Reaction to the Minimum Wage Increase

The nation's federal minimum wage got a boost late last month and the small business community appears torn over its impact.

H.R. 2 boosted the wage from $5.15 to $5.85 per hour beginning July 24. The minimum wage hike will be phased in to ultimately reach $7.25 in 2009.

The U.S. Chamber of Commerce, a lobbying group whose membership represents businesses of all sizes, released a survey July 26 finding that nearly 60 percent of small business owners will not be able to off-set the cost of the wage increase.

The same day, Sen. John Kerry (D-Mass.), who chairs the Small Business and Entrepreneurship Committee, released a statement praising the wage increase and citing a 2006 Gallup poll finding that 86 percent of small businesses wouldn't be impacted by an increase in the minimum wage. "We must invest in our workforce to stimulate small business growth," he said.

The National Association of Small Business, which does not favor an increase, notes in an issue brief (pdf) that most small firms paying minimum wage are typically in highly competitive industries with low profit margins.

The NASB argues that "an increase in wage for one set of workers can lead to a false sense of entitlement that the wages for all workers should be increased, which is simply not sustainable for many small businesses."

Bill Dunkelberg, a former dean at Temple University's business school and chief economist for the National Federation of Independent Businesses, said the wage hike will hurt small entities because the increase "requires firms to pay more money for the same work, and a company has to either take it out of its bottom line or raise prices for customers."

He notes that while minimum wage workers should be pleased with a fatter paycheck, a wage hike makes it harder for new entrants to the workforce to find summer jobs or starting jobs.

"A store may think again to pay someone $15,000 a year to sweep a store" if it's too expensive for them, he said. "Most people learn how to be productive members of the workforce by learning skills on a starter job and if you're denied that opportunity then you'll never be able to get started."

"I can't see any positives of a government setting prices or wages," said Dunkelberg.

Small Business readers - has your business been affected by the recent wage increase?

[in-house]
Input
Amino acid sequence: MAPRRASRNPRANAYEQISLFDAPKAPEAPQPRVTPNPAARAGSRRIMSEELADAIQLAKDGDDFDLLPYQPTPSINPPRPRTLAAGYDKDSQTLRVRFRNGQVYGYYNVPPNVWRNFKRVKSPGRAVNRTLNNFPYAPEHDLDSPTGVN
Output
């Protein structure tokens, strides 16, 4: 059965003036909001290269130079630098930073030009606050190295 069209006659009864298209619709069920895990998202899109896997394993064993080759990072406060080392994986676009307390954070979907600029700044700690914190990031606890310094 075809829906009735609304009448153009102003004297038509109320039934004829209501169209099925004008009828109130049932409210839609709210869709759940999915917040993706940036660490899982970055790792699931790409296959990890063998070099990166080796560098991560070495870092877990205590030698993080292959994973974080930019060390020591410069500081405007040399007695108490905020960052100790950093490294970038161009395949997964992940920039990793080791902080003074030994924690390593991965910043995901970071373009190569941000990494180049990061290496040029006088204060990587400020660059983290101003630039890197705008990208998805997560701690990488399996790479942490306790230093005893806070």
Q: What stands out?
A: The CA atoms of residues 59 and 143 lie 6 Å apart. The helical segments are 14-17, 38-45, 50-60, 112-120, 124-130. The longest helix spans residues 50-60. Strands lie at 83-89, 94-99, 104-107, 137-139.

By Sharon McLoone |  August 13, 2007; 6:00 AM ET Regulation Legislation
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Comments

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hmmm, the incompetent head of Home Depot was fire after driving the stock prices down and losing market share. He got a 230 million dollar good bye gift. Now Mr. Incompetent is head of Chrysler.


But we think paying someone 6 bucks an hour is going to close businesses?

BS.
If you can't afford the help,do it yourself.

Posted by: B.Wlilliams | August 13, 2007 9:41 AM

Elevation Burger in Falls Church recently raised its prices, and it has a notice posted that blames various inflationary factors. One factor it cites is that, while it pays its employees more than minimum wage already, the minimum wage hike has raised their supplier costs.

Posted by: Tom T. | August 13, 2007 10:28 AM

When I was a girl in the Midwest I never had a part-time job that paid more than the minimum wage.

My sons have worked in similar food industry jobs and both have started out several dollars above the minimum.

I think the impact may depend a lot on where you are located. I can't see that it relevant around here because so few jobs seem to pay that rate.

Posted by: Ann R | August 13, 2007 3:13 PM

Thanks for remembering to seek comment from a group representing the interests of low-income workers.

Oh wait. You didn't.

Why is this article only about the impact on small businesses? What about the impact it will have on the bottom line of households? Keeping small business in the black is a very important concern, but it's also important that everyone in the nation can find work that pays enough for them to support themselves. This minimum wage "hike" doesn't even come close.

If McNews is all the Post can serve up, maybe it's you guys who should be making minimum wage.

Posted by: rapiertwit | August 13, 2007 6:13 PM

Ted Kennedy's proposed minimum wage increase to $9.50 an hour in the second half of 2009 is needed to get minimum wage workers with two dependents out of poverty.

I would hope it would soon pass in Congress and in many state legislatures. Raising the minimum wage is a way to fight poverty that adds more revenues to governments, reduces welfare payments as it draws more people into the workforce, and gets more and more people over time accustomed to regular work.

Posted by: State Rep. Mark B. Cohen (D, Pennsylvania) | August 17, 2007 8:02 PM

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